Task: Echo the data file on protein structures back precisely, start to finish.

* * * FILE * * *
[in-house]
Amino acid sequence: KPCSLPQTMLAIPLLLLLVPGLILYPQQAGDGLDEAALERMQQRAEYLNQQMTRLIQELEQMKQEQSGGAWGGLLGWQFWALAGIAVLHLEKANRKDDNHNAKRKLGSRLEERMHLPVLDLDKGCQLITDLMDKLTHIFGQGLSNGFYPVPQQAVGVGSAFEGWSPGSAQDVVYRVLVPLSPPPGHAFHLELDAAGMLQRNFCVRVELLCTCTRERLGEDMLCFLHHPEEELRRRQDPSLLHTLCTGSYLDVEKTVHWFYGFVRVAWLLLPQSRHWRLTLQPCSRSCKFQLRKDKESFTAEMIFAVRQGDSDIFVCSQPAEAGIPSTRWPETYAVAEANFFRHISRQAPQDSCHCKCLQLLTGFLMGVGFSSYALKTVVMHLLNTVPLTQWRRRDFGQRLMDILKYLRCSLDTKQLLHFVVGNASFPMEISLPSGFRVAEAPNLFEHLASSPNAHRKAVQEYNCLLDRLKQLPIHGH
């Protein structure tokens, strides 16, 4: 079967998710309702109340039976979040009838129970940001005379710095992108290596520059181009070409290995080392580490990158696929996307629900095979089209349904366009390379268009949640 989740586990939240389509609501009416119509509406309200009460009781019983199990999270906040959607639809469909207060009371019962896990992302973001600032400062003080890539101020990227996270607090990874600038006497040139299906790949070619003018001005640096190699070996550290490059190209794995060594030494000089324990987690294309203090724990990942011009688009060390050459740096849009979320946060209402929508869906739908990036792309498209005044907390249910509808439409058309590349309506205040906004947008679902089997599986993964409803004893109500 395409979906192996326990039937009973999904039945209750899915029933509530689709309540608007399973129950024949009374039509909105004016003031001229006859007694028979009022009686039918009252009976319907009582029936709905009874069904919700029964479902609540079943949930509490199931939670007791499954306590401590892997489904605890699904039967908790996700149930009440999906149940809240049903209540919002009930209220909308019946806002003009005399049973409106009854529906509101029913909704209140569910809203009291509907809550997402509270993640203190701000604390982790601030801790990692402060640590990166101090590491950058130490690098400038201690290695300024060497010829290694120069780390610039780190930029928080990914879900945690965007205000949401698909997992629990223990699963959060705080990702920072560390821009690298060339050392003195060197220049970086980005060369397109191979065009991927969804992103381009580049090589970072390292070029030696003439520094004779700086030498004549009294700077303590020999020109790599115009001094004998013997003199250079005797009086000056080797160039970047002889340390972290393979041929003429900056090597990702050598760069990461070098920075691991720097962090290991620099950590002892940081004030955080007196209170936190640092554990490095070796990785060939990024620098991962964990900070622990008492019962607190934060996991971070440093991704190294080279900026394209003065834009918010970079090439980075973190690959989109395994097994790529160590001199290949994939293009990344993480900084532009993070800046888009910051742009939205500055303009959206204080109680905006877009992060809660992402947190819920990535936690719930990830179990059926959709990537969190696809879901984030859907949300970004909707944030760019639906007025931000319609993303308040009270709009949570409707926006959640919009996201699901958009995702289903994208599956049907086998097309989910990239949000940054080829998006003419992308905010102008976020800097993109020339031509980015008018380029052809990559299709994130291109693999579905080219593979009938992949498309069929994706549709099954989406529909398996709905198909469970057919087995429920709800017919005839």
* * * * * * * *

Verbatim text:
[in-house]
Amino acid sequence: KPCSLPQTMLAIPLLLLLVPGLILYPQQAGDGLDEAALERMQQRAEYLNQQMTRLIQELEQMKQEQSGGAWGGLLGWQFWALAGIAVLHLEKANRKDDNHNAKRKLGSRLEERMHLPVLDLDKGCQLITDLMDKLTHIFGQGLSNGFYPVPQQAVGVGSAFEGWSPGSAQDVVYRVLVPLSPPPGHAFHLELDAAGMLQRNFCVRVELLCTCTRERLGEDMLCFLHHPEEELRRRQDPSLLHTLCTGSYLDVEKTVHWFYGFVRVAWLLLPQSRHWRLTLQPCSRSCKFQLRKDKESFTAEMIFAVRQGDSDIFVCSQPAEAGIPSTRWPETYAVAEANFFRHISRQAPQDSCHCKCLQLLTGFLMGVGFSSYALKTVVMHLLNTVPLTQWRRRDFGQRLMDILKYLRCSLDTKQLLHFVVGNASFPMEISLPSGFRVAEAPNLFEHLASSPNAHRKAVQEYNCLLDRLKQLPIHGH
């Protein structure tokens, strides 16, 4: 079967998710309702109340039976979040009838129970940001005379710095992108290596520059181009070409290995080392580490990158696929996307629900095979089209349904366009390379268009949640 989740586990939240389509609501009416119509509406309200009460009781019983199990999270906040959607639809469909207060009371019962896990992302973001600032400062003080890539101020990227996270607090990874600038006497040139299906790949070619003018001005640096190699070996550290490059190209794995060594030494000089324990987690294309203090724990990942011009688009060390050459740096849009979320946060209402929508869906739908990036792309498209005044907390249910509808439409058309590349309506205040906004947008679902089997599986993964409803004893109500 395409979906192996326990039937009973999904039945209750899915029933509530689709309540608007399973129950024949009374039509909105004016003031001229006859007694028979009022009686039918009252009976319907009582029936709905009874069904919700029964479902609540079943949930509490199931939670007791499954306590401590892997489904605890699904039967908790996700149930009440999906149940809240049903209540919002009930209220909308019946806002003009005399049973409106009854529906509101029913909704209140569910809203009291509907809550997402509270993640203190701000604390982790601030801790990692402060640590990166101090590491950058130490690098400038201690290695300024060497010829290694120069780390610039780190930029928080990914879900945690965007205000949401698909997992629990223990699963959060705080990702920072560390821009690298060339050392003195060197220049970086980005060369397109191979065009991927969804992103381009580049090589970072390292070029030696003439520094004779700086030498004549009294700077303590020999020109790599115009001094004998013997003199250079005797009086000056080797160039970047002889340390972290393979041929003429900056090597990702050598760069990461070098920075691991720097962090290991620099950590002892940081004030955080007196209170936190640092554990490095070796990785060939990024620098991962964990900070622990008492019962607190934060996991971070440093991704190294080279900026394209003065834009918010970079090439980075973190690959989109395994097994790529160590001199290949994939293009990344993480900084532009993070800046888009910051742009939205500055303009959206204080109680905006877009992060809660992402947190819920990535936690719930990830179990059926959709990537969190696809879901984030859907949300970004909707944030760019639906007025931000319609993303308040009270709009949570409707926006959640919009996201699901958009995702289903994208599956049907086998097309989910990239949000940054080829998006003419992308905010102008976020800097993109020339031509980015008018380029052809990559299709994130291109693999579905080219593979009938992949498309069929994706549709099954989406529909398996709905198909469970057919087995429920709800017919005839």